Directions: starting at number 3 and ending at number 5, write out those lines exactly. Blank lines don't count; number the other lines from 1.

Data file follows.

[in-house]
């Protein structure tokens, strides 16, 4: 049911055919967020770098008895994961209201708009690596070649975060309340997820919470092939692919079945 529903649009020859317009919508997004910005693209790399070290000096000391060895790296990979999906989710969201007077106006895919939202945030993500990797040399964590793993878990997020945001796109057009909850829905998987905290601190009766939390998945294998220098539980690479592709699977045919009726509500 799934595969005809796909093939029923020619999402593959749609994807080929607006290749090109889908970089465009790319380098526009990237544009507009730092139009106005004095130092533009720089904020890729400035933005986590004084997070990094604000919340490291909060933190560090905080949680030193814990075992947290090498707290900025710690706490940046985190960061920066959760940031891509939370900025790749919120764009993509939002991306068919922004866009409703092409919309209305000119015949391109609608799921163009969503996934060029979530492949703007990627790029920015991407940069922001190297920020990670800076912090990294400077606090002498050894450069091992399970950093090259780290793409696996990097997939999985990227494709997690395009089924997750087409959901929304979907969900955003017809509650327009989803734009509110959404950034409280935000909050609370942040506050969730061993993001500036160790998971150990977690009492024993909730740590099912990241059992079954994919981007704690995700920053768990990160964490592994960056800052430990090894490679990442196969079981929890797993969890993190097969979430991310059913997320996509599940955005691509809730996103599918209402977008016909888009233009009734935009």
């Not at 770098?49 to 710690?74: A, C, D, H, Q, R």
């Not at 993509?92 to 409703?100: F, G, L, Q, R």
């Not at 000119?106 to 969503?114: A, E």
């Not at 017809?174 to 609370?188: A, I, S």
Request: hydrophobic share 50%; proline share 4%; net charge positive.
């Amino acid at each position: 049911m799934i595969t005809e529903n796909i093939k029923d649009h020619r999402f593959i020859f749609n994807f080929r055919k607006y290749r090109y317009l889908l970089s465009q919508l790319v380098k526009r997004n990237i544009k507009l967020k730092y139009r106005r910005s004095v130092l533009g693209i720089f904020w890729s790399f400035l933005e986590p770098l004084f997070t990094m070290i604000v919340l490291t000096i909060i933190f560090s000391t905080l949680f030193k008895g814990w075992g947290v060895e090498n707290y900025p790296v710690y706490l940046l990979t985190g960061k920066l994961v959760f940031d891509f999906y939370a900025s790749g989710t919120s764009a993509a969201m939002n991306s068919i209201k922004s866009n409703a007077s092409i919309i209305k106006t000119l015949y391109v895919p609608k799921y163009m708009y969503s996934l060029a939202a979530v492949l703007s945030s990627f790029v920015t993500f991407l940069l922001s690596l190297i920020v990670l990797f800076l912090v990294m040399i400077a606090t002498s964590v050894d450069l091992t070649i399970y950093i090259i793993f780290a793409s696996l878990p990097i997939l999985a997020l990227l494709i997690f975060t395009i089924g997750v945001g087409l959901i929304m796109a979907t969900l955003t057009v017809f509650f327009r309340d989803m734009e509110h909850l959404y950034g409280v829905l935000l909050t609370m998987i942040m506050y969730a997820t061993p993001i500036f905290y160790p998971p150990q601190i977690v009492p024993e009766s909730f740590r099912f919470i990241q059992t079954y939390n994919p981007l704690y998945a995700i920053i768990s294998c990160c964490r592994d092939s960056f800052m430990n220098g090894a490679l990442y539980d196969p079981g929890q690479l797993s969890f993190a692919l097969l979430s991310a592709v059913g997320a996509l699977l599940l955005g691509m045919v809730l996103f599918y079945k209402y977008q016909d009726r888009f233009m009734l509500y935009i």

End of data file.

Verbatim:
């Not at 770098?49 to 710690?74: A, C, D, H, Q, R």
């Not at 993509?92 to 409703?100: F, G, L, Q, R």
């Not at 000119?106 to 969503?114: A, E």